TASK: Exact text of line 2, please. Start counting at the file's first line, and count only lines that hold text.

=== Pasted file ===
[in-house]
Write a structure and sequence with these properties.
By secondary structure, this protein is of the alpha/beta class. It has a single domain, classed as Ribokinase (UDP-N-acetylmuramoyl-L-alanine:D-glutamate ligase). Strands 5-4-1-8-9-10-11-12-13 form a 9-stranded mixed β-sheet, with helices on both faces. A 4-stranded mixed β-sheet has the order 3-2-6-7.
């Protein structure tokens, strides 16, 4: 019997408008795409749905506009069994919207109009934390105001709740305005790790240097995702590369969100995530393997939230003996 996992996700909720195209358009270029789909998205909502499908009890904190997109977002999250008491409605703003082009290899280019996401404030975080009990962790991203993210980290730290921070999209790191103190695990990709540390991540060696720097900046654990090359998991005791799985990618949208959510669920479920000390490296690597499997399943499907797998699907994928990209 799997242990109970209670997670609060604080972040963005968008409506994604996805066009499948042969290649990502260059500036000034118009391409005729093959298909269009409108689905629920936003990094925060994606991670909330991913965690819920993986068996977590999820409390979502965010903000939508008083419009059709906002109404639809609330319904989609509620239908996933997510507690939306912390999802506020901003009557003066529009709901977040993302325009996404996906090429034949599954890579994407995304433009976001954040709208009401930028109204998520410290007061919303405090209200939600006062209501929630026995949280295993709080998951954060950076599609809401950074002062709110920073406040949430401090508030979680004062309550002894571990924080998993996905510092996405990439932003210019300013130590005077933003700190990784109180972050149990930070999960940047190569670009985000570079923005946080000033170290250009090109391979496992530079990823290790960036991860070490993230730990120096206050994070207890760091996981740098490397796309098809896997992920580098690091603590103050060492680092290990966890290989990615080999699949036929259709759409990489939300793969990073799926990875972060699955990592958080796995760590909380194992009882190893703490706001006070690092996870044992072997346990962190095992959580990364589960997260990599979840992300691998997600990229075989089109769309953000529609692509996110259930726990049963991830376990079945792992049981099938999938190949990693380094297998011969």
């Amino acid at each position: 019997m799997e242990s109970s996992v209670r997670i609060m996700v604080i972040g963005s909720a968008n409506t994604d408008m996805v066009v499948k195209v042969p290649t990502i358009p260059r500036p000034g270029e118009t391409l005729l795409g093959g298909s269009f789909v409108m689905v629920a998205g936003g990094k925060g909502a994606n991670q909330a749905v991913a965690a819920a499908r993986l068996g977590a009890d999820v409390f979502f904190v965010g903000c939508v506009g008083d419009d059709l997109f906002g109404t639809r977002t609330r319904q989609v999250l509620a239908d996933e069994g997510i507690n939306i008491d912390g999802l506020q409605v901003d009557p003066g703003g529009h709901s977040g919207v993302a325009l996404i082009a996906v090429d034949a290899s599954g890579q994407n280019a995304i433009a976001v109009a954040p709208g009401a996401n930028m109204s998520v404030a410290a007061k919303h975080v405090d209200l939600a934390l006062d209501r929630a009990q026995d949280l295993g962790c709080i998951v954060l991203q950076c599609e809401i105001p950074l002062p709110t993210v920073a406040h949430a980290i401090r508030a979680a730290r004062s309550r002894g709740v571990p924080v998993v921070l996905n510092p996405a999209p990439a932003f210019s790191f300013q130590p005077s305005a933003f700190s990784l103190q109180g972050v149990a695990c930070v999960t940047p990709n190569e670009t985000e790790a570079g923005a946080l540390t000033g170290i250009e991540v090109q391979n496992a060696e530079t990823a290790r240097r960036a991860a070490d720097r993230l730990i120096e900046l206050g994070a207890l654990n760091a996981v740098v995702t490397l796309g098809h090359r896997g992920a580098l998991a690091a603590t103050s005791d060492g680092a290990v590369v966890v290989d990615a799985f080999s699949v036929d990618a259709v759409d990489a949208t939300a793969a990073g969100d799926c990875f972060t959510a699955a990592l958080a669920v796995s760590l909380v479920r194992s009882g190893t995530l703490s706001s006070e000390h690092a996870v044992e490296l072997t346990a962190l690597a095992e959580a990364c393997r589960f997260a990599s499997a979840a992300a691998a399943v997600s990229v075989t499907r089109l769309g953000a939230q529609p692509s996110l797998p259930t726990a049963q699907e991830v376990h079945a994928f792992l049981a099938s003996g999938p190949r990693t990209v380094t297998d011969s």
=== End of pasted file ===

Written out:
Write a structure and sequence with these properties.